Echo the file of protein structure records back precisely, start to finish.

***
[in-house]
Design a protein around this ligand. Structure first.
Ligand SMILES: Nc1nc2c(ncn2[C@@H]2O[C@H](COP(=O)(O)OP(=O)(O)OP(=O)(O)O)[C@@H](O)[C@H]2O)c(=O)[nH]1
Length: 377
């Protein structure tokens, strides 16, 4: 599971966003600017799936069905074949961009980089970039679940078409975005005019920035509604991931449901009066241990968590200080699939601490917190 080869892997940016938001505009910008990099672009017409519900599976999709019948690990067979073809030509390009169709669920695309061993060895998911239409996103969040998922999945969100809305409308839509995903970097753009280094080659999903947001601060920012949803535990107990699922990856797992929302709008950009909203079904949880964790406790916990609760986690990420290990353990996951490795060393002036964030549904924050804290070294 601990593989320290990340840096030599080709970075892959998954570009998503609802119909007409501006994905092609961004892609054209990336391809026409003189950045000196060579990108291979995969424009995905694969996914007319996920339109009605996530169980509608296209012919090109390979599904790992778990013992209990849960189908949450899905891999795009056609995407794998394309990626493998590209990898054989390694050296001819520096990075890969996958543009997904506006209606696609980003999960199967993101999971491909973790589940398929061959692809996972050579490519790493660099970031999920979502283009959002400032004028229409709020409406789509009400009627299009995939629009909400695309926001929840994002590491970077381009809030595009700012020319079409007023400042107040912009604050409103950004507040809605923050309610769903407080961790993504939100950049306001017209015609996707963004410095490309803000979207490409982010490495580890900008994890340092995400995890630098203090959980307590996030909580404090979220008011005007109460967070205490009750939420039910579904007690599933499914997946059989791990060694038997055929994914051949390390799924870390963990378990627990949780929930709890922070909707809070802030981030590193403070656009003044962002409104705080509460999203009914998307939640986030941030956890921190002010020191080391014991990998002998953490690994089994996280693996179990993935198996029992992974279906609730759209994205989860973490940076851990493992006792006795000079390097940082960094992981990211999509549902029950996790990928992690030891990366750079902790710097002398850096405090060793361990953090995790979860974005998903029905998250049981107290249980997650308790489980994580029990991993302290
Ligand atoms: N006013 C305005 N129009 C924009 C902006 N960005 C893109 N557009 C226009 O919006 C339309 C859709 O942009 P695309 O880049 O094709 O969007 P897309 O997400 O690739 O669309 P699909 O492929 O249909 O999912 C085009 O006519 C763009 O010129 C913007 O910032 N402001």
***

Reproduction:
[in-house]
Design a protein around this ligand. Structure first.
Ligand SMILES: Nc1nc2c(ncn2[C@@H]2O[C@H](COP(=O)(O)OP(=O)(O)OP(=O)(O)O)[C@@H](O)[C@H]2O)c(=O)[nH]1
Length: 377
């Protein structure tokens, strides 16, 4: 599971966003600017799936069905074949961009980089970039679940078409975005005019920035509604991931449901009066241990968590200080699939601490917190 080869892997940016938001505009910008990099672009017409519900599976999709019948690990067979073809030509390009169709669920695309061993060895998911239409996103969040998922999945969100809305409308839509995903970097753009280094080659999903947001601060920012949803535990107990699922990856797992929302709008950009909203079904949880964790406790916990609760986690990420290990353990996951490795060393002036964030549904924050804290070294 601990593989320290990340840096030599080709970075892959998954570009998503609802119909007409501006994905092609961004892609054209990336391809026409003189950045000196060579990108291979995969424009995905694969996914007319996920339109009605996530169980509608296209012919090109390979599904790992778990013992209990849960189908949450899905891999795009056609995407794998394309990626493998590209990898054989390694050296001819520096990075890969996958543009997904506006209606696609980003999960199967993101999971491909973790589940398929061959692809996972050579490519790493660099970031999920979502283009959002400032004028229409709020409406789509009400009627299009995939629009909400695309926001929840994002590491970077381009809030595009700012020319079409007023400042107040912009604050409103950004507040809605923050309610769903407080961790993504939100950049306001017209015609996707963004410095490309803000979207490409982010490495580890900008994890340092995400995890630098203090959980307590996030909580404090979220008011005007109460967070205490009750939420039910579904007690599933499914997946059989791990060694038997055929994914051949390390799924870390963990378990627990949780929930709890922070909707809070802030981030590193403070656009003044962002409104705080509460999203009914998307939640986030941030956890921190002010020191080391014991990998002998953490690994089994996280693996179990993935198996029992992974279906609730759209994205989860973490940076851990493992006792006795000079390097940082960094992981990211999509549902029950996790990928992690030891990366750079902790710097002398850096405090060793361990953090995790979860974005998903029905998250049981107290249980997650308790489980994580029990991993302290
Ligand atoms: N006013 C305005 N129009 C924009 C902006 N960005 C893109 N557009 C226009 O919006 C339309 C859709 O942009 P695309 O880049 O094709 O969007 P897309 O997400 O690739 O669309 P699909 O492929 O249909 O999912 C085009 O006519 C763009 O010129 C913007 O910032 N402001």